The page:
The magi had come to pay their respects to the newborn King of the Jews. Herod immediately sought information on the birthplace of the Christ (messiah). He evidently knew that only the birth of the messiah could produce such a great interest and respect. Did he really believe that he could thwart the prophecies of the coming king? He possibly considered them to be fables, choosing to believe that this was a setup, another attempt to take his throne. Perhaps he believed that someone was attempting to fake the birth of the messiah. Whether he believed that he could thwart the plans of God by killing the newborn messiah, or whether he believed that it is all a sham perpetuated to topple his own throne, it resulted not in worship, but in a failed assassination attempt. There seem to be three responses to the news of the newborn king. First is that of Herod, “Go and make careful search ... that I too may come and worship him.” But Herod’s motive was less than pure. He actually intended to kill the child. Second, there was the response of the religious elite, “In Bethlehem of Judea, for so it has been written by the prophet.” There was no attempt on their part to follow up on the news and seek the child. Theirs appears to have been a response of intellectual interest only. They knew the scriptures and they were content with that. God was a tame God who had spoken in the past and that was that. They were happy in their elitist theology. Finally, there was the response of the magi, “We have come to worship.”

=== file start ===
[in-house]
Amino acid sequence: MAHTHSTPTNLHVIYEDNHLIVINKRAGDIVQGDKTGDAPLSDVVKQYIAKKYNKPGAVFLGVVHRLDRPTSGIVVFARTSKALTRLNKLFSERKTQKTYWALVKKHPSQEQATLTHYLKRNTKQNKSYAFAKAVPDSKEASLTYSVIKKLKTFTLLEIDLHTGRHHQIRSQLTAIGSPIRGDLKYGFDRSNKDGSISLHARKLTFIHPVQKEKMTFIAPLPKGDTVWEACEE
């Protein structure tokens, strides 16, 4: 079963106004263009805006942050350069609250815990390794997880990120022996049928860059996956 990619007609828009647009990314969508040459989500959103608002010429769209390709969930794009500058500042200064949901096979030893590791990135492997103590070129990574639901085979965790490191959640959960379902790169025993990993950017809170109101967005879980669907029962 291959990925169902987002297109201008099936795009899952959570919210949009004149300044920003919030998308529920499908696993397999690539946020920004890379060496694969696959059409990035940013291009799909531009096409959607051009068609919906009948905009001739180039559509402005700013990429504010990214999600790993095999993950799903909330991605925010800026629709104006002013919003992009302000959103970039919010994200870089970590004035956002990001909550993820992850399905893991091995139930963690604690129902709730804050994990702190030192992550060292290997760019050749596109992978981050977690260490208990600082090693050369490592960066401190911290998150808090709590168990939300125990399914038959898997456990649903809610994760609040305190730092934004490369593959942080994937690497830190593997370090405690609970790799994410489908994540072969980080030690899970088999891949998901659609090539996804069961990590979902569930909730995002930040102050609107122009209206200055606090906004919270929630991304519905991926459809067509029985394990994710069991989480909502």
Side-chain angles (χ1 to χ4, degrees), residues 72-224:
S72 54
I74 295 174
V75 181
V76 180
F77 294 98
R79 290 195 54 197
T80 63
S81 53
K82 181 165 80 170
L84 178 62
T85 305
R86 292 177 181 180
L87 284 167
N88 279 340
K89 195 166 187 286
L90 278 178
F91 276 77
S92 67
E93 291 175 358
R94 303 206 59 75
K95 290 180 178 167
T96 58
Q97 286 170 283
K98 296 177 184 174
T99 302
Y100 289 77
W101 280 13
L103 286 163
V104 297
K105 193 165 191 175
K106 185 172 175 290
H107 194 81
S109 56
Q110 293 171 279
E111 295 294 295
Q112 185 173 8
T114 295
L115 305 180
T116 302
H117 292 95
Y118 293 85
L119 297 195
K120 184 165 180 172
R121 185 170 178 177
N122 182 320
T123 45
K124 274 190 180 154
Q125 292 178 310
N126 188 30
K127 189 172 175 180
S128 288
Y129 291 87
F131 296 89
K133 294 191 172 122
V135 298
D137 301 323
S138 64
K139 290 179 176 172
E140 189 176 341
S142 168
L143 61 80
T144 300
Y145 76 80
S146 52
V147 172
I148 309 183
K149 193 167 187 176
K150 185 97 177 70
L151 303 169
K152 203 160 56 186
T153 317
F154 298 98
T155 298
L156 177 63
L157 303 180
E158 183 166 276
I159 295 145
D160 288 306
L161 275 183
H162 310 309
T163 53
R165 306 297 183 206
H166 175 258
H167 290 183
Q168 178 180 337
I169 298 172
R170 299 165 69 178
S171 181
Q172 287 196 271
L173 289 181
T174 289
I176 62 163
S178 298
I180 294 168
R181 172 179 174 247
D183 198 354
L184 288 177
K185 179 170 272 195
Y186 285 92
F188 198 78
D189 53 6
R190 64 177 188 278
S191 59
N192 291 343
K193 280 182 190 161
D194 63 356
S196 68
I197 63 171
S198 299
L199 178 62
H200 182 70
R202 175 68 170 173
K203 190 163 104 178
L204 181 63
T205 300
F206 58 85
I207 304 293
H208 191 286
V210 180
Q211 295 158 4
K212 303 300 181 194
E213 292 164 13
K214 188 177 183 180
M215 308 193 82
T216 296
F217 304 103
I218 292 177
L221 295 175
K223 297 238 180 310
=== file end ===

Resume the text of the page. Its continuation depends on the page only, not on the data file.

Worship begins when we acknowledge the authority of the one we worship. If Herod acknowledged the authority of Christ it would threaten his throne, therefore he attacked. If the religious elite acknowledged the authority of Christ it would threaten their comfortable spiritual pride, therefore they ignored him. The magi, in acknowledging the authority of Christ traveled difficult and dangerous miles over several months for the privilege of bowing before him and presenting their gifts.
What is our response? Have we sided with Herod, choosing our own comfort over the rule of the true king? Perhaps we have fallen into the error of the elite. We know the scriptures. We understand our theology. “Now don’t shake up my comfortable religiosity with talk about a king. That could result in spiritual awakening, revival and real, heart worship. It might get uncomfortable; it might make demands on my life. Just leave me to my theology and I’m happy.” Or, have we come, with the magi, to worship the Christ?